“I don’t ever remember walking as a young person,” Marty Glickman, the subject of the documentary “Glickman” which premieres on Monday on HBO, says in the film’s opening.
“I always ran. It was my nature to run.”
But at the 1936 Olympics in Berlin, then under the grip of Adolf Hitler’s Nazis, Glickman was one of two Jewish runners on the U.S. relay team pulled by U.S. officials at the 11th hour.
Glickman, who died in 2001 at 83 and was known as the voice of the NBA’s New York Knicks, the NFL’s New York Giants as well as Paramount Newsreels, recalled being frustrated and angry.
“I wanted to show that a Jew could do just as well as any other individual, and perhaps even better,” he said in the film.
“He never really became a national broadcaster, which bothered him,” said the film’s director, James Freedman, who worked at age 17 for Glickman producing the broadcaster’s late-night WNEW radio show, and was treated “not as a high school kid, but as a producer.”
Freedman, a successful television writer for hit TV shows such as “Cybill,” recalled that “people in Hollywood would say ‘Who’s Marty Glickman?’ So I hope this film will bring him the national recognition that he so deserved,” he told Reuters.
“He was the first jock-turned-broadcaster in the history of the medium.”
“Glickman,” which had Martin Scorsese as executive producer, features interviews with leading sports figures such as Bob Costas and Marv Albert, both of whom he mentored, Larry King, Red Auerbach and Frank Gifford. It intercuts those with archival footage of his youthful athletic feats in track and football and his legendary broadcasts.
“There was an almost orchestral quality to his vocal inflection … a texture to it that only a tiny handful of broadcasters could ever match,” Costas says in the film.
Said King: “He invented the one best term ever in sports broadcasting – swish,” used to describe the ball passing quickly and without resistance down through a basketball net.
“Nobody framed a basketball game like Marty Glickman,” King added. “I saw the game.”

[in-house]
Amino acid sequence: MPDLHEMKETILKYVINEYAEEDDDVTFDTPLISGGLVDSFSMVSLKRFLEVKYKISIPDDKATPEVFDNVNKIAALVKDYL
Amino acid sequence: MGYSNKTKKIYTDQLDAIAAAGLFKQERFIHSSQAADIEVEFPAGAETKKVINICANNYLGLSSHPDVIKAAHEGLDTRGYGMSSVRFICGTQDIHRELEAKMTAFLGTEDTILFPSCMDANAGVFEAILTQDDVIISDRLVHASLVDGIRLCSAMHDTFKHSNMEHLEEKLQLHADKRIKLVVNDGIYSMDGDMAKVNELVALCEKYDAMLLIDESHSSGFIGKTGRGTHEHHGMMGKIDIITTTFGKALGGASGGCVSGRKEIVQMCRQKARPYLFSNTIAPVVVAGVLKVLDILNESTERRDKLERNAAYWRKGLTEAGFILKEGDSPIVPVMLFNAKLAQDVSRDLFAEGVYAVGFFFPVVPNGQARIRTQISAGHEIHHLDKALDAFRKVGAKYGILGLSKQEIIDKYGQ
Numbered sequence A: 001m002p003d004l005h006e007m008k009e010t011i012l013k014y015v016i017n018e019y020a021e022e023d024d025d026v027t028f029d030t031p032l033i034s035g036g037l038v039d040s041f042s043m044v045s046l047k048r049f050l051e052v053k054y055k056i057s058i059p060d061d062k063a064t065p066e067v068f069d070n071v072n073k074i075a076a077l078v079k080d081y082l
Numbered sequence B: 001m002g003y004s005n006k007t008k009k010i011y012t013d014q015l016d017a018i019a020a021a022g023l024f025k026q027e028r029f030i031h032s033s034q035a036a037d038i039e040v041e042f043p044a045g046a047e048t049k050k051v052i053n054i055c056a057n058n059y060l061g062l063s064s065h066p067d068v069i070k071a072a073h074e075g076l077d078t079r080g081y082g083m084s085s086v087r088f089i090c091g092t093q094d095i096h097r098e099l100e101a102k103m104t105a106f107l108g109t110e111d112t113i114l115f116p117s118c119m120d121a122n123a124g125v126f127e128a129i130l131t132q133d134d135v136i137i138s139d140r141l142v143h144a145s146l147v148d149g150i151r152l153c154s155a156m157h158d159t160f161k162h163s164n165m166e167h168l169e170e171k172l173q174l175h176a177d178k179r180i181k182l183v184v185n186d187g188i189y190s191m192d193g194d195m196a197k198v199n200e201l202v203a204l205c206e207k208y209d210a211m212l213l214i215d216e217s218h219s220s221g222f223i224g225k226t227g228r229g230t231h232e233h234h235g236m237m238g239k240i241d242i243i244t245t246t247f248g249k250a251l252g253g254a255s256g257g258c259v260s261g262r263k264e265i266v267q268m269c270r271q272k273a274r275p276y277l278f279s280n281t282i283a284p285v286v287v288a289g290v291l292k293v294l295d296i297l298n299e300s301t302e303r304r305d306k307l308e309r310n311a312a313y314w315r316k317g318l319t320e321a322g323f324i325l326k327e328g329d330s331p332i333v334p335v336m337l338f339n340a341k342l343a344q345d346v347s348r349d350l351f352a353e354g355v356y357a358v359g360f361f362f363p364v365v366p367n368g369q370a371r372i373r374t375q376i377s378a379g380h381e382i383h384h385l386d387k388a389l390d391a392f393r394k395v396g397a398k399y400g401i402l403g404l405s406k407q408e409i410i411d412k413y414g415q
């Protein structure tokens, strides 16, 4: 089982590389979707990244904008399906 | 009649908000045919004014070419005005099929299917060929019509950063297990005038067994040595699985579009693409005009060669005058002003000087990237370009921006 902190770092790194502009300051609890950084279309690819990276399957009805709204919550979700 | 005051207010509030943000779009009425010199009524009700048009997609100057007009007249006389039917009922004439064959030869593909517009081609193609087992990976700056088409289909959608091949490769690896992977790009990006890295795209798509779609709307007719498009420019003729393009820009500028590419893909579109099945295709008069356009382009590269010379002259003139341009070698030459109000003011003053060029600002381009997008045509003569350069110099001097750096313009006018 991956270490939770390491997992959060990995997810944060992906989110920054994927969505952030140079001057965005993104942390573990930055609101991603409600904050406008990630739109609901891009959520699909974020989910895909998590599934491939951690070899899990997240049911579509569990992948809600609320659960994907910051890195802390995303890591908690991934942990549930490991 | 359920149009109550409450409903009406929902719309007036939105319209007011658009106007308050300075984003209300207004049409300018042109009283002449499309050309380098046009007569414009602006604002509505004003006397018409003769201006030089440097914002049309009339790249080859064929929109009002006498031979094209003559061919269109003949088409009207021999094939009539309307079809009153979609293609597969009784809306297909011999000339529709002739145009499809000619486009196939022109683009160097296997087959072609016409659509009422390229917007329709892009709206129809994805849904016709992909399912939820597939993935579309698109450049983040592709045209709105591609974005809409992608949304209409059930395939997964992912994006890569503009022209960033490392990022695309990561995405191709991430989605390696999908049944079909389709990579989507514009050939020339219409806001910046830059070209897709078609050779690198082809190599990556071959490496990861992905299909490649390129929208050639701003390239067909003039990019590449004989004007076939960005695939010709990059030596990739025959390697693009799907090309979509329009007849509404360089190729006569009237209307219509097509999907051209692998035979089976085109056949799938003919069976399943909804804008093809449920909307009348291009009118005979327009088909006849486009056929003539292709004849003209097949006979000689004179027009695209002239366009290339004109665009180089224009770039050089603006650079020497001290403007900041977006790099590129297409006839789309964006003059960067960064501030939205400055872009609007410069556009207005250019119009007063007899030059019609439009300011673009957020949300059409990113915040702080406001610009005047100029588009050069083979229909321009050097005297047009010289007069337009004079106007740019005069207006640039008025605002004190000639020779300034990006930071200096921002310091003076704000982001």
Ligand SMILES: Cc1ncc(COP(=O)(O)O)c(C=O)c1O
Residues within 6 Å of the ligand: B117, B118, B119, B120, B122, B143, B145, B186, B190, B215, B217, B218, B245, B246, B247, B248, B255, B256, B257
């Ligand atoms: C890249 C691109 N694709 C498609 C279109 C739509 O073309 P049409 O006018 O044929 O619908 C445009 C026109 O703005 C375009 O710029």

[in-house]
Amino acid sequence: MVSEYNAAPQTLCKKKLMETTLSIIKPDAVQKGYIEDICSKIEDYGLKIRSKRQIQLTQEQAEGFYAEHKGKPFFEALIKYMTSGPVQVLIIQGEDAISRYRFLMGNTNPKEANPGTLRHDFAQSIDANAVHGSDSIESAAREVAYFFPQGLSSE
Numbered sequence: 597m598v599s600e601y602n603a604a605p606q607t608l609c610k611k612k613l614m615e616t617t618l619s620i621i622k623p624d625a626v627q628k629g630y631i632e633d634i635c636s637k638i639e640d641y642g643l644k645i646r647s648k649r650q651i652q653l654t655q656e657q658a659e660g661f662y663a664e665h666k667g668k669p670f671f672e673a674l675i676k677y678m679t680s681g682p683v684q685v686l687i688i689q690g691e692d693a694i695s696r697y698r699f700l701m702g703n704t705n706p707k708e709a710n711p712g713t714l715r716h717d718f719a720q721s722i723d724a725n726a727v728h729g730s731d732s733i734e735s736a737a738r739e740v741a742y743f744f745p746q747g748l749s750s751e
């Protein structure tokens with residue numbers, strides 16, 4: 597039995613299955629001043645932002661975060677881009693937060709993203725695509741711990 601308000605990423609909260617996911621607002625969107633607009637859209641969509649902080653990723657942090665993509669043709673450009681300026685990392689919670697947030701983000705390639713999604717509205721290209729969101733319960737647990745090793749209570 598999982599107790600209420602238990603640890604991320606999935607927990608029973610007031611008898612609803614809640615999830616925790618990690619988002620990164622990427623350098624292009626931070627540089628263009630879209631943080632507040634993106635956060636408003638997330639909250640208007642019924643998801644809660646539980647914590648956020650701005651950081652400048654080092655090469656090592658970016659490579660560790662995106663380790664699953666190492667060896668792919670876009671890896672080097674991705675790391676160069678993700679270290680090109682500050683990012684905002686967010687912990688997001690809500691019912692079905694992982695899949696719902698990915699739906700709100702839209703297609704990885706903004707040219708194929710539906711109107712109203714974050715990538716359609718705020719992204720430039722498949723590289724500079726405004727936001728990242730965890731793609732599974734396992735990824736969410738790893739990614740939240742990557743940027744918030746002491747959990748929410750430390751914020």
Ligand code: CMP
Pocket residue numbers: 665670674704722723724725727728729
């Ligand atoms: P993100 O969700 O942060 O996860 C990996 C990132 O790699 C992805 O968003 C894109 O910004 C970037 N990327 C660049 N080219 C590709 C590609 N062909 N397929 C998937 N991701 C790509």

Scorsese reflected that “You don’t need to know about Marty Glickman to appreciate the film. I am certainly not a sports enthusiast.” But the Oscar-winning director was intrigued by Glickman’s “intense commitment, one that fought through adversity and bigotry. There was no other option for him besides the games.”
Freedman said that despite having known and worked with Glickman since his youth, he learned more about the man through making the film.
“I had no idea how great an athlete he was,” said the first-time director. “He was once the third-fastest man in the world,” one of the two faster being the legendary Jesse Owens, another member of that 1936 U.S. Olympic team which struck down the Nazi myth of Aryan supremacy as Hitler watched.
“Also, I never knew just how deeply ’36 hurt him,” Freedman said, adding that he was deeply moved by “what happens when an 18-year-old kid’s dreams are crushed by prejudice.”
For his part, Glickman said it was not until he returned to Berlin’s Olympic stadium in 1985 that he became dizzy with rage, saying “I had maintained this pent up anger and hatred for 49 years.”
Glickman said he was asked about that dark time every four years during the Olympics. “I do not at all hesitate to tell the story, so that it won’t ever happen again,” he said.
With the film, the story will win an even wider audience.
(Editing by Vicki Allen)